Sunday, January 20, 2013

Exercise Study For Cystic Fibrosis

Aging and Chronic Diseases by Lesly Wassef-Birosik, PhD.:

Cystic Fibrosis (CF) is a common hereditary diseases. It is associated with many problems with the respiratory system. An increase in physical activity has been shown to improve quality of life and lung function. The current study aimed at evaluating active cycle breathing techniques together with aerobic exercise training in children with CF.

Sixteen children between the ages of 5-13 were evaluated before and after a 6 week training period. This evaluation consisted of a treadmill test, sit ups for abdominal strength, standing long job for power, flexibility exercises, 20 meter shuttle runs and 10 step stair climbs. The active cycle breathing techniques together with the exercise program of treadmill running for 30 mins at 75-80% maximum heart rate was performed supervised 3 times per week for 6 weeks. At the end of the training, there was a significant increase in thoracic mobility, muscle endurance, strength, flexibility and speed in the children with CF.

This study suggests that regular aerobic training, together with active breathing techniques in the early stages of CF can lead to the improvement of muscle endurance and strength > from Schmidt et al.; Physiotherapy Theory and Practice, 27 (2011) 548–556. All rights reserved to Informa Healthcare USA, Inc.

Finally. I found something to show exercise is brilliant for CF. Don't know why it's not implemented more! PWCF should aim to train like a professional athlete. Obviously it takes time, but it's what's needed!
So get going. Lace the shoes up, wrap up, and get ready to cough up.



  1. Hi Evan – have you heard of Cochrane systematic reviews? They collate evidence from trials on particular medical treatments to prove if they work or not. I work for the Cochrane Cystic Fibrosis & Genetic Disorders Group and we have a review on exercise for PWCF called ‘Physical training for CF’. There are currently seven trials included in the review (231 participants), but this was last updated 2 years ago and we are currently running a search to see if any relevant new trials have been published. The basic message from the review is that there is limited evidence from both short- and long-term studies that aerobic or anaerobic physical training has a positive effect on exercise capacity, strength and lung function, but improvements are not consistent between studies. Ideally we need some more studies for a definitive answer! The full review is available via The Cochrane Library (, but access may be chargeable depending on where in the world you live (see section on access on the website). The good news is the abstract from the review containing the summary of the review is available to everyone free of charge regardless of where they are. If you want more information, take a look at our Group’s website ( or email me ( Nikki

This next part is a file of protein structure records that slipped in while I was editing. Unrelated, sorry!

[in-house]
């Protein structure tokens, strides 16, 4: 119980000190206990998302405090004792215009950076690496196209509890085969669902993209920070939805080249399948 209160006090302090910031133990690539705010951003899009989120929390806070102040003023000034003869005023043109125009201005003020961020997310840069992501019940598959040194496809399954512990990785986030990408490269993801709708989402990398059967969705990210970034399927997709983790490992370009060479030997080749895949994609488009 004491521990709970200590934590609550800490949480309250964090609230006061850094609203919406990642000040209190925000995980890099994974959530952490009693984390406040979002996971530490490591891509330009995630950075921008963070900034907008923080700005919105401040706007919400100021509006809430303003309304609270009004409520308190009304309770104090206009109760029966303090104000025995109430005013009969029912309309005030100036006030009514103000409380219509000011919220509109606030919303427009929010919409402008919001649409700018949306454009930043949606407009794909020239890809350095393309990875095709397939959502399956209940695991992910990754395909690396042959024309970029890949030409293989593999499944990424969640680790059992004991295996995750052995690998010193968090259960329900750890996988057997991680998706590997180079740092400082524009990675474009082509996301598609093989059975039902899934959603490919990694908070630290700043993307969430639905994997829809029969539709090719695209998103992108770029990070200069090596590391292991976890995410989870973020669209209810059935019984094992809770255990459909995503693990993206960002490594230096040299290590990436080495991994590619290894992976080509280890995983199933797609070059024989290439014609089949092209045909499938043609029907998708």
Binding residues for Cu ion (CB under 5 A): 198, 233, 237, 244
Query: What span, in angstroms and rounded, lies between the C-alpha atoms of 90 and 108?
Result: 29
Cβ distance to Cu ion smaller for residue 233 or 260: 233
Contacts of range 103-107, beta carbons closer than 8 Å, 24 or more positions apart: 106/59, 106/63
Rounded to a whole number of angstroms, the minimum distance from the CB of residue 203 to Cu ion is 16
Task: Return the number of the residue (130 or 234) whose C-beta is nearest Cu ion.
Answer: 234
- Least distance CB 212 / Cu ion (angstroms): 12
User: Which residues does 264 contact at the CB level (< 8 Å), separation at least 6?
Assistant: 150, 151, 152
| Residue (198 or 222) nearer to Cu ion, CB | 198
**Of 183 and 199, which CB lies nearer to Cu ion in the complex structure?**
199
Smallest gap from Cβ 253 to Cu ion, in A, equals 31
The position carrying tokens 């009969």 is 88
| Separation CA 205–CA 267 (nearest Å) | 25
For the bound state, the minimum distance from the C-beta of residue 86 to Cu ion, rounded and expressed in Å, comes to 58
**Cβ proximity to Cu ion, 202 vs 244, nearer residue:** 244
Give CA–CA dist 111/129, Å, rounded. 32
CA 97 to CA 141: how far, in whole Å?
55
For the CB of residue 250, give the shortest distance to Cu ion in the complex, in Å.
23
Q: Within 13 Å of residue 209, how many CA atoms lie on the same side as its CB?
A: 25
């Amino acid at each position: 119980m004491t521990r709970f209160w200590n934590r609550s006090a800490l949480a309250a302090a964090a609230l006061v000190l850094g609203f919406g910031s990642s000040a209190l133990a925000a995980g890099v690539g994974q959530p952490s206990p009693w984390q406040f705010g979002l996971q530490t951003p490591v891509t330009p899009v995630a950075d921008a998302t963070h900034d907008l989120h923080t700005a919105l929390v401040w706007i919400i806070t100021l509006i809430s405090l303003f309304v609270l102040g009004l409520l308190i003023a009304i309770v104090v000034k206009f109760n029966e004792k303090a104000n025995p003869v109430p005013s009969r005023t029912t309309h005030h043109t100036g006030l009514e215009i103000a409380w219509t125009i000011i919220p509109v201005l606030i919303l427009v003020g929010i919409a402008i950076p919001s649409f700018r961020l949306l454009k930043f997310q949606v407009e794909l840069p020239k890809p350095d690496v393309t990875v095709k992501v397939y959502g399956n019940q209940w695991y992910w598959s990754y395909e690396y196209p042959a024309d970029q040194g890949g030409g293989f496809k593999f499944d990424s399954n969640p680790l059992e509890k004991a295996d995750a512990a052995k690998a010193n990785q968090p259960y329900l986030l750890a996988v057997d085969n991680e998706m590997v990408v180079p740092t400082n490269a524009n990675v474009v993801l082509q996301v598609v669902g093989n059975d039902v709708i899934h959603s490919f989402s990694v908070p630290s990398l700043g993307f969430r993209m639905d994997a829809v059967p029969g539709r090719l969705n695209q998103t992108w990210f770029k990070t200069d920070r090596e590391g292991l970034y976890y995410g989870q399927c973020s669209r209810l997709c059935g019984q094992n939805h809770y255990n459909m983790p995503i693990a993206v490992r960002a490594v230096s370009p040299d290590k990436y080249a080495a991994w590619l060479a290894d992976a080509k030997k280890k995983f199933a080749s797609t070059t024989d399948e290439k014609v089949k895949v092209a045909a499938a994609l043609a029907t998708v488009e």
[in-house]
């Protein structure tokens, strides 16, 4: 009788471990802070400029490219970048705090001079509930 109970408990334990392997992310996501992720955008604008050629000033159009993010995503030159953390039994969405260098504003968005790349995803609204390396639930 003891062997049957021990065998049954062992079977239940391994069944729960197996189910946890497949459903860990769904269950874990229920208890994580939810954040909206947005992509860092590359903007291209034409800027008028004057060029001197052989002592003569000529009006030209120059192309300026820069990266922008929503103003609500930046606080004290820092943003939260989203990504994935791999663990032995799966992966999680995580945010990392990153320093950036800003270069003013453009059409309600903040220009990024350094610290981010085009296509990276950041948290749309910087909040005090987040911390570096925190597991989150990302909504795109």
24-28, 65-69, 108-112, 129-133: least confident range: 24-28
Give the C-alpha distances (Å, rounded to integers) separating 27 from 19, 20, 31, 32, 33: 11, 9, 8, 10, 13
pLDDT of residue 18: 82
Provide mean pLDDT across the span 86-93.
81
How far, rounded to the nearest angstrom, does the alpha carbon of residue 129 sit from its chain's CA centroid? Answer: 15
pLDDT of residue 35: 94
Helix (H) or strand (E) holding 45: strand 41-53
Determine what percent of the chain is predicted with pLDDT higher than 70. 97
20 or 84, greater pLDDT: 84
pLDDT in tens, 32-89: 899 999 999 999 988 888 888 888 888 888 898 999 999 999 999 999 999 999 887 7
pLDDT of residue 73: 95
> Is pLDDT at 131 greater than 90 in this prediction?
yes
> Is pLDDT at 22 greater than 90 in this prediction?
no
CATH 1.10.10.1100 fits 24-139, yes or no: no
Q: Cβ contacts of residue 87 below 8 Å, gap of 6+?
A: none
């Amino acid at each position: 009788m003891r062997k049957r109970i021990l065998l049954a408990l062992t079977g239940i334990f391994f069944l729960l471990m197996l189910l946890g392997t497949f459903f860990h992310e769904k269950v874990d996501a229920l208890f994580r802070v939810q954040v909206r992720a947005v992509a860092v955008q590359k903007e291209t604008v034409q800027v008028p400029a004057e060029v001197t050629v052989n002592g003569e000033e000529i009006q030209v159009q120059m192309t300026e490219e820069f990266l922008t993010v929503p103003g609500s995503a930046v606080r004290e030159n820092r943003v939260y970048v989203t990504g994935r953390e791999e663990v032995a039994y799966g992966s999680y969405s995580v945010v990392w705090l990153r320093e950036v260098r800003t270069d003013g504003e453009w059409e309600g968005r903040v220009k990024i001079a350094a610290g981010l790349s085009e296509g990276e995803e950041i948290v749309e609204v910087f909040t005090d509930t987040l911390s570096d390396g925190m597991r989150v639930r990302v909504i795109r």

2. Looking at each "Physical Exercise for CF" study, they don't seem to be string enough. I can't see, even from a common sense point of view that if you exercise it will increase lung function. In CF it makes you cough, so your getting mucus up, and just for general well being exercise is advised. So I don't believe those studies are correct, or aren't well carried out.
    I know from a personal experience that if I don't run for a week then I start to get a cough

  3. And feel phlegmy, so I don't understand how exercise can't help CF. it's common sense. I also feel that if your in your 20s or late teens and start to exercise then more then likely it's too late as scar tissue has set in and youv have countless IVs. So by doing it from early age you get a head start so to speak.